2. Leading the way in the Western media is the coverage of The Economist. See for example the issue of 24 July 2014, in which Putin is accused of “epic deceits.” The issue of 4 September, coinciding with the summit in Wales, carried a feature about Alexander Dugin. Readers were given the frightening information that, for the best-known contemporary exponent of “Orthodox Eurasianism,” even Putin is signally failing to live up to the historic calling of a leader of the Russian people.

3. For example, in 2010 the major Area Studies association for US scholars working in what used to be glossed as Slavic and East European Studies, covering territories corresponding more or less to the former socialist world, was renamed Association for Slavic, East European, and Eurasian Studies.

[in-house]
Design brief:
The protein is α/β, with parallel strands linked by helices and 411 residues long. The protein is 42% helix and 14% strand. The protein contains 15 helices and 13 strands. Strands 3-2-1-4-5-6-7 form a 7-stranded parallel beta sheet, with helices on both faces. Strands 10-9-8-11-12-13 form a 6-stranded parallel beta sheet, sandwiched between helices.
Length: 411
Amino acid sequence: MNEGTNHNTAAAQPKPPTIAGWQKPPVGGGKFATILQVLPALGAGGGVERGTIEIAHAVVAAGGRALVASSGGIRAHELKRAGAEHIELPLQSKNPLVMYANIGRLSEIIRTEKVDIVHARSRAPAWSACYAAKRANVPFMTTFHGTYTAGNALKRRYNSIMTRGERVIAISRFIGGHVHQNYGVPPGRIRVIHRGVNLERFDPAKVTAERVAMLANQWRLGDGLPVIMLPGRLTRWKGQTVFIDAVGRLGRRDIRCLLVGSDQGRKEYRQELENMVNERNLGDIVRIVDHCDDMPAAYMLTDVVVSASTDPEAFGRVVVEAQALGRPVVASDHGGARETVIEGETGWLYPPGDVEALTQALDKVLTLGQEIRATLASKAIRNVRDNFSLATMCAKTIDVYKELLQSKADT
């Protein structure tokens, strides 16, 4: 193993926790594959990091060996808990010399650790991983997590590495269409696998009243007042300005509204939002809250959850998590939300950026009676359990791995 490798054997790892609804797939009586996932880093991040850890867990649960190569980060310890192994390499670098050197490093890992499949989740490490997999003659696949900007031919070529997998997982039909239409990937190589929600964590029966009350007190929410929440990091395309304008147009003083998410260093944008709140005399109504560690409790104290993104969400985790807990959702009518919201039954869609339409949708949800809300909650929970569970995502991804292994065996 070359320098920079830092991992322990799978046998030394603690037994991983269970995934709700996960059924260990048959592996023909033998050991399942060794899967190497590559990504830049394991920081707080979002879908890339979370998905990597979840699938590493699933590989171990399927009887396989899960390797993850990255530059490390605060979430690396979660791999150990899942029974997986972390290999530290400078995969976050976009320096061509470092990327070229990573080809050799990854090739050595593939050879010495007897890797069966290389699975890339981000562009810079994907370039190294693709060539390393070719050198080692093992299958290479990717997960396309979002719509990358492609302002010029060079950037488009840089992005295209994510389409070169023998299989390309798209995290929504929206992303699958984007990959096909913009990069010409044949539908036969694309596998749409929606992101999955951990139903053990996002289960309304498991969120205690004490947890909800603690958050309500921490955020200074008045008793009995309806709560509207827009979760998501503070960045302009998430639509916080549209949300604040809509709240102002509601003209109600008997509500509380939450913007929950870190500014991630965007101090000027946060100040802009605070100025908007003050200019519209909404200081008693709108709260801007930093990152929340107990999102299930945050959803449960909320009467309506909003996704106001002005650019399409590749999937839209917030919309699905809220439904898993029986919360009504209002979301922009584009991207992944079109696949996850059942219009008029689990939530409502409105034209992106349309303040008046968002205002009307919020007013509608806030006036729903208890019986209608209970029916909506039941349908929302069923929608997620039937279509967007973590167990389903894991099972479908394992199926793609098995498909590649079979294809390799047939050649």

Hann, Chris. 2014a. After the euro, the Avra. Soundings 56: 123–136.

Hann, Chris. 2014b. Towards a maximally inclusive concept of Eurasia. Max Planck Institute for Social Anthropology Working Paper No. 157, Halle/Saale.

Huntington, Samuel P. 1996. The clash of civilizations and the new world order. New York: Simon and Schuster.

Snyder, Timothy. 2014. Putins Projekt. Frankfurter Allgemeine Zeitung, 13 April. [English trans. Europe and Ukraine: Past and future, Eurozine, 16 April.]

This contribution by Chris Hann was originally posted at the Focaal blog in September 2014: